China has its own economic challenges. As it wrestles with the gradual transition from a manufacturing based economy to a consumer and services based economy, it is using the exchange rate to control its export competitiveness. Note that in recent times, in studying the UK’s transition between late 1950’s to the 1990’s, this effort won’t be easy or quick. But China is trying to move quickly, perhaps too quickly.  And despite the IMF signaling it’s faith that China was going to let the market drive the Yuan’s exchange rate, the People’s Bank of China (PBOC) continues to take action to stabilize its currency. 

Assuming the Fed increase interest rates in June, we will all hear that big sucking sound again as capital flies from emerging markets including China back to American shores and the powering dollar. This will trigger a fall in the Yuan and the PBOC will again start to leverage its foreign exchange reserve to stem the losses. That reserve has fallen from an estimated $4th to about $3.2tn in the last year or so. The question is, how far can that reserve go in defending the Yuan?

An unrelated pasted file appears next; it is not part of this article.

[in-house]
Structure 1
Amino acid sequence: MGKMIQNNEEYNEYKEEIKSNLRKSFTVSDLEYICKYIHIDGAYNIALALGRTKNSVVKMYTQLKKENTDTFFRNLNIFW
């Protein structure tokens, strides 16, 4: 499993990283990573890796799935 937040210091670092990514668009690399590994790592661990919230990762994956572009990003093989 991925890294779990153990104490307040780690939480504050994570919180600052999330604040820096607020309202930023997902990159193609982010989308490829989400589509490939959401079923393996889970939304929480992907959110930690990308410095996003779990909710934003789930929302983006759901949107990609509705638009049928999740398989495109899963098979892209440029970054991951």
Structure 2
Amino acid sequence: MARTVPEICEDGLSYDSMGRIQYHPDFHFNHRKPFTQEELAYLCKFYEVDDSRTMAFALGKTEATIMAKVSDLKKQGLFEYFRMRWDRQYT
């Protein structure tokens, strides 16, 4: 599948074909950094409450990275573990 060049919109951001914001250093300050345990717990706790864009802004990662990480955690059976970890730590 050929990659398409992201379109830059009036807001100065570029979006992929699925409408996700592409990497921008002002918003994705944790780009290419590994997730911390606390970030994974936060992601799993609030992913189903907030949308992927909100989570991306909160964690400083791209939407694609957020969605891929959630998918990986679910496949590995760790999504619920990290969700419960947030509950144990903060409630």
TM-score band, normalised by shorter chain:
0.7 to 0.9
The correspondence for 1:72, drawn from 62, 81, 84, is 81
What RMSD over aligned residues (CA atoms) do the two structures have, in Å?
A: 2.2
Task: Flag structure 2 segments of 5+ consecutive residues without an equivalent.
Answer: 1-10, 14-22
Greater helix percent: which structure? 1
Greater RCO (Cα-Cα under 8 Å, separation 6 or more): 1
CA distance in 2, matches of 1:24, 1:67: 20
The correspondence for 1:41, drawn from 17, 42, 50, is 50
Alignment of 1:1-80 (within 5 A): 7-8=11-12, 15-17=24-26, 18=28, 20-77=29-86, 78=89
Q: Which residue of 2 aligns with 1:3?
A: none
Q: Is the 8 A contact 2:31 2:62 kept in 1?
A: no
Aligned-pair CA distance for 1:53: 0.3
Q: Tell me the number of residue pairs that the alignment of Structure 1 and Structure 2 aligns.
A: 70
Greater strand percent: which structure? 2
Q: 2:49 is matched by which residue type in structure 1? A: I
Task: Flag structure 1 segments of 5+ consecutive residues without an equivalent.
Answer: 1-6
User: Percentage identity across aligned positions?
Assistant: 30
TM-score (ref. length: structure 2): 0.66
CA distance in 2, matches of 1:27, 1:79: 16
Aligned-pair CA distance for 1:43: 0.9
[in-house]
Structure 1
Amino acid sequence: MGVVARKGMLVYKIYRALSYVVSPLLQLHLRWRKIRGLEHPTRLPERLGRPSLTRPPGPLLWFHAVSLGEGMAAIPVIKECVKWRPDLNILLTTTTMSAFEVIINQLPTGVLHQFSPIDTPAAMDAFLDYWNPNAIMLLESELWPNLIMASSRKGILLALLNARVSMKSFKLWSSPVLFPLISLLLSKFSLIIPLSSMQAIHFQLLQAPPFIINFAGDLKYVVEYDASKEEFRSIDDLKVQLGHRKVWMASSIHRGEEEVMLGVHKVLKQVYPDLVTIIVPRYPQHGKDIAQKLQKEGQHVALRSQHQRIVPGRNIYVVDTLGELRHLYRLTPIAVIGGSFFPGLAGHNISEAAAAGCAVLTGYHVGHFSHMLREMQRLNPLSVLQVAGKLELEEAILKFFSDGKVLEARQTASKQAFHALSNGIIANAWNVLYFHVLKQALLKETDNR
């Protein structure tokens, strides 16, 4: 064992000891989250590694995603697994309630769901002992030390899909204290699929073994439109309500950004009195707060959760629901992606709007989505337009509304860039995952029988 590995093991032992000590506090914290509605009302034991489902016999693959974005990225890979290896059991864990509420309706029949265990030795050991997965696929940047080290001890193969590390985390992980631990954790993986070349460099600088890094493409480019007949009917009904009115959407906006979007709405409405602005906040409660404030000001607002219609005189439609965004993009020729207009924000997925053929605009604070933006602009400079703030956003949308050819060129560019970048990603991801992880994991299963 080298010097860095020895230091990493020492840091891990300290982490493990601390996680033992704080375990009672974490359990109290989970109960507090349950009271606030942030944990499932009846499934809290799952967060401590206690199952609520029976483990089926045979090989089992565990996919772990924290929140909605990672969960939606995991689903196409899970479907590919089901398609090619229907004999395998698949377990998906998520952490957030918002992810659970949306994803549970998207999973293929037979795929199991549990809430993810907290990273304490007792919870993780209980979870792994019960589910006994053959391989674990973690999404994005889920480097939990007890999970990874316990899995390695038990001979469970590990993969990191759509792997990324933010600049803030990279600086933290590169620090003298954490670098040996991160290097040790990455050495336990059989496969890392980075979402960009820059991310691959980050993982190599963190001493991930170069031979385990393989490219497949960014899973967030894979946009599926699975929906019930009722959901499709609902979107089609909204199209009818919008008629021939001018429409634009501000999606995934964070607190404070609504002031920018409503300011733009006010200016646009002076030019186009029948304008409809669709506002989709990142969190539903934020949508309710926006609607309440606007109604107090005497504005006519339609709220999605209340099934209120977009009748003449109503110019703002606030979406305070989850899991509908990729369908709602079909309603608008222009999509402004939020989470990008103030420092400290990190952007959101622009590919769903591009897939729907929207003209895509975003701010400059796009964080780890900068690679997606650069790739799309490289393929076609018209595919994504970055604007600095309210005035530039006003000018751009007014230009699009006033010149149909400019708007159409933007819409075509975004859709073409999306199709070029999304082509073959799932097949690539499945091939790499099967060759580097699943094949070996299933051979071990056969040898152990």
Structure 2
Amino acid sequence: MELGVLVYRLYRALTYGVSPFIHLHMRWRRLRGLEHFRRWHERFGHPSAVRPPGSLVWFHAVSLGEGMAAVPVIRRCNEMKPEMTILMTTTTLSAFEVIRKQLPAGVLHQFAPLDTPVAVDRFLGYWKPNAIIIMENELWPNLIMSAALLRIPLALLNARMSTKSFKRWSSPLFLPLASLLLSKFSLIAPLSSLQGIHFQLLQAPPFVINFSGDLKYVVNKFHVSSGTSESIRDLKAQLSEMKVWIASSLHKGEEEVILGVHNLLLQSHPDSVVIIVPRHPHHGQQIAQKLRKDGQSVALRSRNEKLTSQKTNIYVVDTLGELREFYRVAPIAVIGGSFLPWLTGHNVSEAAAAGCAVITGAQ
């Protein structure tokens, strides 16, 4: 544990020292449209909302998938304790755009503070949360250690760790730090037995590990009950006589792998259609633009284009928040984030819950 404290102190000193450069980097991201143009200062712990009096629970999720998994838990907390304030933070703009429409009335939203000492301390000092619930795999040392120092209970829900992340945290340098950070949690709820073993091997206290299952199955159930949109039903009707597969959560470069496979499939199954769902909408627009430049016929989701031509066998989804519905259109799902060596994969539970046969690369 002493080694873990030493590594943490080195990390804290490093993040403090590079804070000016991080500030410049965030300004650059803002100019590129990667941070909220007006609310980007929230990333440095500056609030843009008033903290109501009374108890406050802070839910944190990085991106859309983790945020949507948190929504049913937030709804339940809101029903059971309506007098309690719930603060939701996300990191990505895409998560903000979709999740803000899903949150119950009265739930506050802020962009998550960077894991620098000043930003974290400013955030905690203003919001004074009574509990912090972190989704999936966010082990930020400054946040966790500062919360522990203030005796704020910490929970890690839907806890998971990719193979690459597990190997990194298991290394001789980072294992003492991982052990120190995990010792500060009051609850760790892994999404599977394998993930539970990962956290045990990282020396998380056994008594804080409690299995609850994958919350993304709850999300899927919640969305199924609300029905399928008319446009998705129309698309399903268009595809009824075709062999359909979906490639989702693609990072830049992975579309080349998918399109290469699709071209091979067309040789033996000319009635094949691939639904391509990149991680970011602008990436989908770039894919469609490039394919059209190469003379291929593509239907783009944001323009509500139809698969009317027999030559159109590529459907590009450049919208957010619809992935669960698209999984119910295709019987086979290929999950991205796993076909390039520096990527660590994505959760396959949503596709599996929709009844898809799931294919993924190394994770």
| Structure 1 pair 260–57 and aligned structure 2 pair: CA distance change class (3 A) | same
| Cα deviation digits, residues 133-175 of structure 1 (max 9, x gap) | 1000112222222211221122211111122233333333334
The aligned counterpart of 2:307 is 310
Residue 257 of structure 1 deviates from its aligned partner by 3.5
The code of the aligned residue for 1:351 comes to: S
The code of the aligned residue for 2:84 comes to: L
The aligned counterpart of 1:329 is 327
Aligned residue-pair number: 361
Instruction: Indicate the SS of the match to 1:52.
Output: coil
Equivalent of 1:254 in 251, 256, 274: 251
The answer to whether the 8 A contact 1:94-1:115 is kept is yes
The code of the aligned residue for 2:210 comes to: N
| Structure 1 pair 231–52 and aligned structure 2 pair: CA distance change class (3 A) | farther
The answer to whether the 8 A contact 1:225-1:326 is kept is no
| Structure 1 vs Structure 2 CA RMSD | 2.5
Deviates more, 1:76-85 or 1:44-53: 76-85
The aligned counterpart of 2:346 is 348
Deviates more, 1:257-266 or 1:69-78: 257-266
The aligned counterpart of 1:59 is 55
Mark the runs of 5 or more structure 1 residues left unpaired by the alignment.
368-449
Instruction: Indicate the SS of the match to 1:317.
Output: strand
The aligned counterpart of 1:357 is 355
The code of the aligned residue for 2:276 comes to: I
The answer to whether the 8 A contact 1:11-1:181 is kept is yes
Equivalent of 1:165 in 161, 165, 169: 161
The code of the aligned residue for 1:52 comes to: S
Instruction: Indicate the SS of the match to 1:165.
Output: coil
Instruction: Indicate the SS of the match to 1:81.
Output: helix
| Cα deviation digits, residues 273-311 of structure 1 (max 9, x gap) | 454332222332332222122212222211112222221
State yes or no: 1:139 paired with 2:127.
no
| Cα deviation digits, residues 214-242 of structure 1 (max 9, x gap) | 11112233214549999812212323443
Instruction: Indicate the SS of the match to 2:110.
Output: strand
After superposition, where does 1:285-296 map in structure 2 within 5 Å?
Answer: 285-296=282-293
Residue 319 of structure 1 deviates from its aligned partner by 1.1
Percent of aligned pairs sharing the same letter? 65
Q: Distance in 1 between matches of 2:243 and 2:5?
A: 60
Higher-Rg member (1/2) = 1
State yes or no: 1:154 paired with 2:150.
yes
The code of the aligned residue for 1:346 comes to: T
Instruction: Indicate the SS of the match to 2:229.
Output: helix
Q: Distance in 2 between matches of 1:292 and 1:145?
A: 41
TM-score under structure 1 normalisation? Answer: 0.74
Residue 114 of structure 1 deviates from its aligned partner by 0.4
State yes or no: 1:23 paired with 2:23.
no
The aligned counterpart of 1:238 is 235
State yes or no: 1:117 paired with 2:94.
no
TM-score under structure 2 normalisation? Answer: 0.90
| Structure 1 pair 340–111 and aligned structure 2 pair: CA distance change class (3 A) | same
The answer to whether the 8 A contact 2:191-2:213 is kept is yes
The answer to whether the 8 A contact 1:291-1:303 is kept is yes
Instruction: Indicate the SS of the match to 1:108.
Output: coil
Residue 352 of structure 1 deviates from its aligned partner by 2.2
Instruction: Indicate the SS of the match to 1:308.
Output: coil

Sterling was ‘broken’ in the 1970’s and the U.K. Government had to go to the IMF for a loan – check out “Decline to Fall: The Making of British Macro-Economic Policy and the 1976 IMF Crisis, Douglas Wass, 2008”.  That was a low point for the UK. The pound was again ‘broken’, perhaps more famously, by George Soros during ‘black Friday’ when the UK was forced to leave the Exchange Rate Mechanism (ERM), a pegged exchange-rate system that preceded the single currency, the euro. 

Clearly the PBOC won’t use up all its reserves. So the question becomes: what is the level at which the market expects massive red flags? Perhaps a leading indicator to watch are the monthly reported FX outflows from the PBOC. As that ramps up, the red flags will start to fly. And they won’t be the party flags of choice- they will be the economic panic flags that none of us want to see.